PTES is an international conservation charity, working to protect animals and their habitats.

Almost two thirds of UK species have declined in the past 50 years and one in ten faces the risk of extinction. Globally, it is estimated that between 10,000 and 100,000 species are becoming extinct every year. Each loss of species creates another gap in our ecosystem. We all depend on the diversity of life for everything from medicine to water supplies.

There is nothing natural or inevitable about the alarming rate at which we are losing wildlife. It is absolutely avoidable. That is why PTES exists.

Did you know...

  • In 2017 we will be 40! Since being founded they have become the leading charity for national programmes to save dormice, stag beetles and traditional orchards in the UK. They are also partners in Britain’s biggest campaign to save hedgehogs.

  • They own ancient woodland on the Isle of Wight which is home to red squirrels, dormice, bats and the ash black slug – Britain’s largest slug!

  • Overseas, PTES funds conservationists around the world working with numerous species, from tigers and turtles to slow lories and sloths.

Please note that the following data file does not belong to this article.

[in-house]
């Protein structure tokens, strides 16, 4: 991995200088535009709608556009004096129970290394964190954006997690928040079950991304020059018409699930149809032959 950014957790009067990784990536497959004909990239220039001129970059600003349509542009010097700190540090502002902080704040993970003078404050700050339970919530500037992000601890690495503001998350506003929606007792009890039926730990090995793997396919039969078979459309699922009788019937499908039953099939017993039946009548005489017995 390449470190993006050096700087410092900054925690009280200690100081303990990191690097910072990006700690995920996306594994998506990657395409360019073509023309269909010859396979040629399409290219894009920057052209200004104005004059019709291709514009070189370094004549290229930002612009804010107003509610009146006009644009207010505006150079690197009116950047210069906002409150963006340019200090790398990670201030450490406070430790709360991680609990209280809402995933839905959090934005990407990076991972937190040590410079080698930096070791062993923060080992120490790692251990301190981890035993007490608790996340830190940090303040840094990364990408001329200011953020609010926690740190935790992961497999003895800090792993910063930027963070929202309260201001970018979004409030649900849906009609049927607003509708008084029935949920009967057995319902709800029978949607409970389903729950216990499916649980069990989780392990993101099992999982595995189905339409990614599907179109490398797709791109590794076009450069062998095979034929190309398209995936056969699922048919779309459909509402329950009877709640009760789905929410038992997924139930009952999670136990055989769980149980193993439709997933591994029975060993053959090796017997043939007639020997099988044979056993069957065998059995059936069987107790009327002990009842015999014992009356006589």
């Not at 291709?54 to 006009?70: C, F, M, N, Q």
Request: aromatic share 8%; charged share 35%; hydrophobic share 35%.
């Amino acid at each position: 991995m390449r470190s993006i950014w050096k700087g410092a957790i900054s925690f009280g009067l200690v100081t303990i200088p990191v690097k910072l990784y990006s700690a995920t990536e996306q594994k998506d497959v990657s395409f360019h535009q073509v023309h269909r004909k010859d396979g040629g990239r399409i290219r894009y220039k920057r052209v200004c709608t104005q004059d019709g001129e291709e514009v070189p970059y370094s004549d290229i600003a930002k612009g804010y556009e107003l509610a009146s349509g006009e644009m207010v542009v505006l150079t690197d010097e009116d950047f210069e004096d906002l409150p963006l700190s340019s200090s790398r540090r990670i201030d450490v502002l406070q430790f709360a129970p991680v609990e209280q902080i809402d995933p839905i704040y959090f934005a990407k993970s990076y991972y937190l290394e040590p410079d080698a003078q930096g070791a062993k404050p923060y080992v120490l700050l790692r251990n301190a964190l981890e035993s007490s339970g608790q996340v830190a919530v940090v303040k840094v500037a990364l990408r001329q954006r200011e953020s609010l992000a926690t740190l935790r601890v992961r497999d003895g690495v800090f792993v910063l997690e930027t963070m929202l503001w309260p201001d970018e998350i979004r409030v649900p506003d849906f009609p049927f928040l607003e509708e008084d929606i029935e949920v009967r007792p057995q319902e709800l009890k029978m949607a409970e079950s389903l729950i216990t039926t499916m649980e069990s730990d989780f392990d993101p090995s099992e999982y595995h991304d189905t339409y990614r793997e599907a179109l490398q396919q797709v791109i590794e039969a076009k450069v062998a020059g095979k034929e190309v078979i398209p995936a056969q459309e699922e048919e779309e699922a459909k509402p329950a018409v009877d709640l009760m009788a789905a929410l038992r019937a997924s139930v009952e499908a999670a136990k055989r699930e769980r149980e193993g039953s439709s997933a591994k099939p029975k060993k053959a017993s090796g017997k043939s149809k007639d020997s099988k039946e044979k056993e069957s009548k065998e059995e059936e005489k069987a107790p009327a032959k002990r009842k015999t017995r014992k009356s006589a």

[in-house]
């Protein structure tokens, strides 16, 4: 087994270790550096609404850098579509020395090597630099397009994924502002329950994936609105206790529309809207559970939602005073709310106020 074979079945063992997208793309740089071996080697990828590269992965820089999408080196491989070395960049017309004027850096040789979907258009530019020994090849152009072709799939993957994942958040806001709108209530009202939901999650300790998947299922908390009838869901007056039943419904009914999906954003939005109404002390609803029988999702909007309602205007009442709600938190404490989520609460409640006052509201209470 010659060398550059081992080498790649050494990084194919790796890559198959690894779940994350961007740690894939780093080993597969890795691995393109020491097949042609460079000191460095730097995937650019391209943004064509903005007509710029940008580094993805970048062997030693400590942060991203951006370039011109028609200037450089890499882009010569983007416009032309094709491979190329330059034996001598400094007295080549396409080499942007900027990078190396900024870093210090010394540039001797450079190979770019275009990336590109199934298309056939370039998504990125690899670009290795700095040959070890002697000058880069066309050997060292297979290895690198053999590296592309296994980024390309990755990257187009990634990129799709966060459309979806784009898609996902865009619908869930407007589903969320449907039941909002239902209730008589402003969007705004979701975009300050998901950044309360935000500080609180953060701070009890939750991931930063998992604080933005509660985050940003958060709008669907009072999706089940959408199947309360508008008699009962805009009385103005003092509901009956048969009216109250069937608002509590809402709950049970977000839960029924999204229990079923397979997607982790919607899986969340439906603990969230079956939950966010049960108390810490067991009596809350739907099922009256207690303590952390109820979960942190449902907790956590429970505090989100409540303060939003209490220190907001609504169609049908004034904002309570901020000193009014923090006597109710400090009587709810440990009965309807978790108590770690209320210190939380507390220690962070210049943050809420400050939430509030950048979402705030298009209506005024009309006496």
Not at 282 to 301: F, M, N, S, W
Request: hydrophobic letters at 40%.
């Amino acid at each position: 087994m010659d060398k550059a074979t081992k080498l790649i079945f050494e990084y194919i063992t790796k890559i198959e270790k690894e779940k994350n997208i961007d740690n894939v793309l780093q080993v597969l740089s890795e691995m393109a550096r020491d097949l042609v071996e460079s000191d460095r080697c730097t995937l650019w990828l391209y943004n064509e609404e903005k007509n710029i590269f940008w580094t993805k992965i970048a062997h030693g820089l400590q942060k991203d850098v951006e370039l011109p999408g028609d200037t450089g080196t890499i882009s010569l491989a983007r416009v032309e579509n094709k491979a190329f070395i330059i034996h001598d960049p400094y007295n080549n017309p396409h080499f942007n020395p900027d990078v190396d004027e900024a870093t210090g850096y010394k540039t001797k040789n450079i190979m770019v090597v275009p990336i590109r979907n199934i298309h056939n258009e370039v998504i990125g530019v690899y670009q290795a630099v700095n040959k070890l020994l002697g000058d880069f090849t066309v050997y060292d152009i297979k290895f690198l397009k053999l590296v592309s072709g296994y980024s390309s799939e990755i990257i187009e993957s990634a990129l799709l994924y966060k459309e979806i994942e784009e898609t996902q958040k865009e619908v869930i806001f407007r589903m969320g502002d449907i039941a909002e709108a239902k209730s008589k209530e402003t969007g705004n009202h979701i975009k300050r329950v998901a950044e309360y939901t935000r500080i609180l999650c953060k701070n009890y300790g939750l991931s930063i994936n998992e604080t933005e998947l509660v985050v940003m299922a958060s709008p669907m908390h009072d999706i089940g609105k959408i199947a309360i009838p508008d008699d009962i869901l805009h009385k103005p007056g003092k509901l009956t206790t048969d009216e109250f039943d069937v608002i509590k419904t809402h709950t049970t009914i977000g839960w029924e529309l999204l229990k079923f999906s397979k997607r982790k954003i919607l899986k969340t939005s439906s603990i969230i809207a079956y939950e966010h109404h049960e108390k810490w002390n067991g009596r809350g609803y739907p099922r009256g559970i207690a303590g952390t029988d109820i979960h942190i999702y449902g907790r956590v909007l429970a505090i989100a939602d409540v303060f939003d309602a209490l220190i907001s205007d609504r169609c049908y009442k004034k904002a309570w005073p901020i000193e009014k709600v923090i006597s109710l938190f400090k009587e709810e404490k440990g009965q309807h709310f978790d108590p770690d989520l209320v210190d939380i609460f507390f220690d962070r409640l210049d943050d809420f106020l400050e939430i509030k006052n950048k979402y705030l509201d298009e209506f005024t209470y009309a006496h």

• PTES receives no government core funding and so rely on donations to support their fantastic work.

What makes PTES different

PTES is passionate about protecting vulnerable animals and habitats, but know that passion isn’t enough: successful conservation is based on sound scientific evidence.

For over 35 years their ground-breaking research has resulted in practical conservation action across the world, targeted where it is most needed and where it will have maximum impact. They focus on the less iconic species such as stag beetles, hedgehogs, dormice and bats. Species like these don’t attract the popular support or funding that the higher profile species do, but their decline is equally damaging.

Other ways to support

PTES carries out several national wildlife surveys each year to build a better picture of how our wild mammals, insects and habitats are faring. They can only do this with the support of the public who take time to monitor their gardens, orchards and woodlands and report sighting of wild animals they see when out and about.

Gardeners should be encouraged to take positive action in their own plots to help hedgehogs and stag beetles.

Ultimately, as well as financial support, they are always looking for volunteers to help in our plight to save endangered species.


3 Cloisters House 8 Battersea Park Road


Contact Number

020 7498 4533